Equipment Testing

Goya Custom Twin Fin 74



Goya Custom Twin Fin 74

Goya custom twin fin 74 2010

User Range

Goya may have been one of the last brands to introduce twin fins to their range, but even Ex-Wave World Champion Francisco Goya has decided it’s time to introduce a two fin set-up to his premier wave line - the Custom. The Custom Twin sits in the range alongside a single fin Custom range and is targeted at offering a more ‘surfy feel’ and good onshore performance.

The Goya feels small and narrow underfoot with a short, relatively wide nose outline. It feels the smallest board in this test and its maximum width (54.5) reflects this. The first thing you will notice when you sail it is that it doesn't feel like an onshore board. In fact, it is almost the complete opposite end of the spectrum to a board like the Quatro Tempo.

It takes more effort than the other boards to get going. It's not necessarily draggy in anyway, its just feels small. Once going, however, it has a very stable and comfortable ride. It sits low in the water which gives it great control (we sailed it completely overpowered on 3.7 with no control issues at all), but does make it a little less exciting for burning around in cross-on, lighter conditions.

For cross-on riding the Goya has amazing grip through the bottom turn (we haven't sailed another twin fin that comes close) and in the top turn prefers to grip and carve its way through the turn rather than slide. It's not to say it doesn't slide, but because it sits low and buries its rail through the turn, it prefers a tight grippy carve to a sliding turn, which is nice particularly as the waves get bigger.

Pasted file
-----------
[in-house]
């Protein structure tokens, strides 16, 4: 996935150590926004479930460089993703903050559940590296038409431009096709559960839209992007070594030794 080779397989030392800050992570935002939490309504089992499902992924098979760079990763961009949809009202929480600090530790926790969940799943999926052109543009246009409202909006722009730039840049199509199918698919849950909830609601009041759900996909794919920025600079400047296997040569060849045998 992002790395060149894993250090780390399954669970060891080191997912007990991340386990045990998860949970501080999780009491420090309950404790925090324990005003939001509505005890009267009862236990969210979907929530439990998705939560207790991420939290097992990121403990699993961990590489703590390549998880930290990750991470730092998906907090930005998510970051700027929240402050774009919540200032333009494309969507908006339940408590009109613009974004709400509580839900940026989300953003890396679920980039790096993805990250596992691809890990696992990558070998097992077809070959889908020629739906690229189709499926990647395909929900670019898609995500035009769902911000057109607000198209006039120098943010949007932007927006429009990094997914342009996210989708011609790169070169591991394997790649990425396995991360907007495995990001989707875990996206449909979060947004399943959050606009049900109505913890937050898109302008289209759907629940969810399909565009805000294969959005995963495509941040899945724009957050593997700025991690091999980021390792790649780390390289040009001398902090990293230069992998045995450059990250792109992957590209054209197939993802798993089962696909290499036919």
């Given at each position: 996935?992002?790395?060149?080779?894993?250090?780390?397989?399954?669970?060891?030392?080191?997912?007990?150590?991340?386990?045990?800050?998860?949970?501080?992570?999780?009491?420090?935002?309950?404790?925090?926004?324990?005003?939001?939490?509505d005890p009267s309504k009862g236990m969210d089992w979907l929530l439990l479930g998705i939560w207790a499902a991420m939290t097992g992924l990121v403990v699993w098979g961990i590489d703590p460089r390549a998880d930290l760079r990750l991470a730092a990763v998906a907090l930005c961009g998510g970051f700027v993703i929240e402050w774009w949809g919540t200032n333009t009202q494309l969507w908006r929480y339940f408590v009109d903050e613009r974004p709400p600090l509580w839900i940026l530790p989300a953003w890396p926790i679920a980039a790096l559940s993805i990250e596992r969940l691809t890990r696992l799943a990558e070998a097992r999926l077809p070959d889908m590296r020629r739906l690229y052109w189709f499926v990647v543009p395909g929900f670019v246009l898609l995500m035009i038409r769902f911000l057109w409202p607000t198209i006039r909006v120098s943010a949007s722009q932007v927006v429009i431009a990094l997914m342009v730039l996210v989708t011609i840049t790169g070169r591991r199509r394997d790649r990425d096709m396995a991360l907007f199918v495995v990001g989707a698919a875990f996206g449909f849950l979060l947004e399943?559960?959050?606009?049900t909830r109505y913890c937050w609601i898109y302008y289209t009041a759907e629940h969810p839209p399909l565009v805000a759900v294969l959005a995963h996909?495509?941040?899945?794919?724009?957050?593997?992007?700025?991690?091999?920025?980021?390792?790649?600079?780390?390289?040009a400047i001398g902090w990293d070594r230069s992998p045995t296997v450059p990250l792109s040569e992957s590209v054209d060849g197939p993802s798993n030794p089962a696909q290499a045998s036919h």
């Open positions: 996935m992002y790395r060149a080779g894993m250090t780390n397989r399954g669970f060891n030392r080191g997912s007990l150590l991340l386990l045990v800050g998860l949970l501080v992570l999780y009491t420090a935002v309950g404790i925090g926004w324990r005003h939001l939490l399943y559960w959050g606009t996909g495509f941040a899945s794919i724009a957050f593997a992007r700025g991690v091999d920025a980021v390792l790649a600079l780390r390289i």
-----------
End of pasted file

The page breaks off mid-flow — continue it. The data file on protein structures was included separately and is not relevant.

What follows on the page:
The down side of the Goya is that it doesn't hold speed very well through the turns. It carves and grips, but all this grip comes at a price and in smaller softer waves it's noticeably harder to string several turns together than some of the other boards due to the loss of speed on each turn. You continually find yourself wanting a bigger and faster wave to make the most of the boards abilities. In smaller UK conditions, it feels something like driving an F1 car around a go-kart's out of its comfort zone and you just don’t get a chance to realise the full potential.

In sideshore conditions, the Goya starts to shine. And the bigger the better! In smaller conditions or with less than perfect technique, the board doesn't hold speed like the others. However, as the waves get bigger and in the hands of a skilled rider, the Custom Twin is probably the best board in this test. It’s grippy, smooth, loose and reliable. Everything you could ask from a proper down the line wave board.


Our feeling is that the Custom Twin should be looked upon as a down-the-line wave riding board. In that purpose, it is arguably the best board in test. For cross-on conditions, it's fun in the turn and comfortable at speed, but is harder work than the other boards to get going and to maintain speed in the turns on softer, slower waves.